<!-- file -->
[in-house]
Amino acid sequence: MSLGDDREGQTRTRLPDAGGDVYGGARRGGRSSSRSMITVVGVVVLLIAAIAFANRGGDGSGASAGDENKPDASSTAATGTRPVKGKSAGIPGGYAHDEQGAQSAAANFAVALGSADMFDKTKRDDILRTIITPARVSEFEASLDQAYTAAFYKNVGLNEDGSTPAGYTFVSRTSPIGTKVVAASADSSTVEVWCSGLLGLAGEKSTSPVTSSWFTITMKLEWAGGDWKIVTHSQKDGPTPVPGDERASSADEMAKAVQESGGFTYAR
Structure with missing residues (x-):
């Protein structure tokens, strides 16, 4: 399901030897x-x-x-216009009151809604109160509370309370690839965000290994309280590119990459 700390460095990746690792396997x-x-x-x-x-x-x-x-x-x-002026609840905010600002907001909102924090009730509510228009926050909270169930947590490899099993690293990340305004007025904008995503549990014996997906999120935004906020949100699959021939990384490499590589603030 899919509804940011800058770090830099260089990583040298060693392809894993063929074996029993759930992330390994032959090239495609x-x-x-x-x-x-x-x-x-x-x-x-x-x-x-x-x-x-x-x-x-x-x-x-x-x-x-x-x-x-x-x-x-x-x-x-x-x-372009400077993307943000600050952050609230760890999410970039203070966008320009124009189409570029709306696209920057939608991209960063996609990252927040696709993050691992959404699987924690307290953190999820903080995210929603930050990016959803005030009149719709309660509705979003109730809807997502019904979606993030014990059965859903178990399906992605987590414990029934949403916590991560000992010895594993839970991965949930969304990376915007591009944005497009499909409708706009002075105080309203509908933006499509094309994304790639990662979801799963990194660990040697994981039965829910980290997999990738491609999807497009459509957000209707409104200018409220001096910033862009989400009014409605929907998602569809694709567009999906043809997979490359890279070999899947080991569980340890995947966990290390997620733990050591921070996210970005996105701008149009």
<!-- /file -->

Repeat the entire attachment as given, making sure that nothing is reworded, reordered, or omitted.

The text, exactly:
[in-house]
Amino acid sequence: MSLGDDREGQTRTRLPDAGGDVYGGARRGGRSSSRSMITVVGVVVLLIAAIAFANRGGDGSGASAGDENKPDASSTAATGTRPVKGKSAGIPGGYAHDEQGAQSAAANFAVALGSADMFDKTKRDDILRTIITPARVSEFEASLDQAYTAAFYKNVGLNEDGSTPAGYTFVSRTSPIGTKVVAASADSSTVEVWCSGLLGLAGEKSTSPVTSSWFTITMKLEWAGGDWKIVTHSQKDGPTPVPGDERASSADEMAKAVQESGGFTYAR
Structure with missing residues (x-):
């Protein structure tokens, strides 16, 4: 399901030897x-x-x-216009009151809604109160509370309370690839965000290994309280590119990459 700390460095990746690792396997x-x-x-x-x-x-x-x-x-x-002026609840905010600002907001909102924090009730509510228009926050909270169930947590490899099993690293990340305004007025904008995503549990014996997906999120935004906020949100699959021939990384490499590589603030 899919509804940011800058770090830099260089990583040298060693392809894993063929074996029993759930992330390994032959090239495609x-x-x-x-x-x-x-x-x-x-x-x-x-x-x-x-x-x-x-x-x-x-x-x-x-x-x-x-x-x-x-x-x-x-x-x-x-x-372009400077993307943000600050952050609230760890999410970039203070966008320009124009189409570029709306696209920057939608991209960063996609990252927040696709993050691992959404699987924690307290953190999820903080995210929603930050990016959803005030009149719709309660509705979003109730809807997502019904979606993030014990059965859903178990399906992605987590414990029934949403916590991560000992010895594993839970991965949930969304990376915007591009944005497009499909409708706009002075105080309203509908933006499509094309994304790639990662979801799963990194660990040697994981039965829910980290997999990738491609999807497009459509957000209707409104200018409220001096910033862009989400009014409605929907998602569809694709567009999906043809997979490359890279070999899947080991569980340890995947966990290390997620733990050591921070996210970005996105701008149009």